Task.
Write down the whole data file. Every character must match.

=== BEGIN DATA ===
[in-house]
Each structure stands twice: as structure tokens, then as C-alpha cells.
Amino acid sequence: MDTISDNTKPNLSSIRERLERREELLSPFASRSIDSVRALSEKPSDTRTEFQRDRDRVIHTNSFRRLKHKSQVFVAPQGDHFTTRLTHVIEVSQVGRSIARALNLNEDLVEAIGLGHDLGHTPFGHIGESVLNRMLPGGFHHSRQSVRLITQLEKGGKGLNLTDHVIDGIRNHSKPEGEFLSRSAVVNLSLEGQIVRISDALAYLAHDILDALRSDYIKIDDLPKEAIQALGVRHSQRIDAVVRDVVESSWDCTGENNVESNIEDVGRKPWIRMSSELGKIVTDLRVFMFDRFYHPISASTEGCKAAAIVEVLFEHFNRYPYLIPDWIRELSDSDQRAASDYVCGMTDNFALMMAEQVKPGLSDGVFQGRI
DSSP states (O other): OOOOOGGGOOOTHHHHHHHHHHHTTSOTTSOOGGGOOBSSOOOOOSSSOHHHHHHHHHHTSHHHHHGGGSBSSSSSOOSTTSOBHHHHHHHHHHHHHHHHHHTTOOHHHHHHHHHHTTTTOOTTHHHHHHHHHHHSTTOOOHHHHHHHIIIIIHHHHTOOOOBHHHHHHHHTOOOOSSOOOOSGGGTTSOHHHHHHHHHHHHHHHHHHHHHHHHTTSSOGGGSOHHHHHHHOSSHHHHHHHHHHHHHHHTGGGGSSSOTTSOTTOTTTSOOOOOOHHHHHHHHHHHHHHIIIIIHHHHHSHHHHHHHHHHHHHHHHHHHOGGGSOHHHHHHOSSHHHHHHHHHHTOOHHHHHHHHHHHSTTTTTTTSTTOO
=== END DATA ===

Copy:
[in-house]
Each structure stands twice: as structure tokens, then as C-alpha cells.
Amino acid sequence: MDTISDNTKPNLSSIRERLERREELLSPFASRSIDSVRALSEKPSDTRTEFQRDRDRVIHTNSFRRLKHKSQVFVAPQGDHFTTRLTHVIEVSQVGRSIARALNLNEDLVEAIGLGHDLGHTPFGHIGESVLNRMLPGGFHHSRQSVRLITQLEKGGKGLNLTDHVIDGIRNHSKPEGEFLSRSAVVNLSLEGQIVRISDALAYLAHDILDALRSDYIKIDDLPKEAIQALGVRHSQRIDAVVRDVVESSWDCTGENNVESNIEDVGRKPWIRMSSELGKIVTDLRVFMFDRFYHPISASTEGCKAAAIVEVLFEHFNRYPYLIPDWIRELSDSDQRAASDYVCGMTDNFALMMAEQVKPGLSDGVFQGRI
DSSP states (O other): OOOOOGGGOOOTHHHHHHHHHHHTTSOTTSOOGGGOOBSSOOOOOSSSOHHHHHHHHHHTSHHHHHGGGSBSSSSSOOSTTSOBHHHHHHHHHHHHHHHHHHTTOOHHHHHHHHHHTTTTOOTTHHHHHHHHHHHSTTOOOHHHHHHHIIIIIHHHHTOOOOBHHHHHHHHTOOOOSSOOOOSGGGTTSOHHHHHHHHHHHHHHHHHHHHHHHHTTSSOGGGSOHHHHHHHOSSHHHHHHHHHHHHHHHTGGGGSSSOTTSOTTOTTTSOOOOOOHHHHHHHHHHHHHHIIIIIHHHHHSHHHHHHHHHHHHHHHHHHHOGGGSOHHHHHHOSSHHHHHHHHHHTOOHHHHHHHHHHHSTTTTTTTSTTOO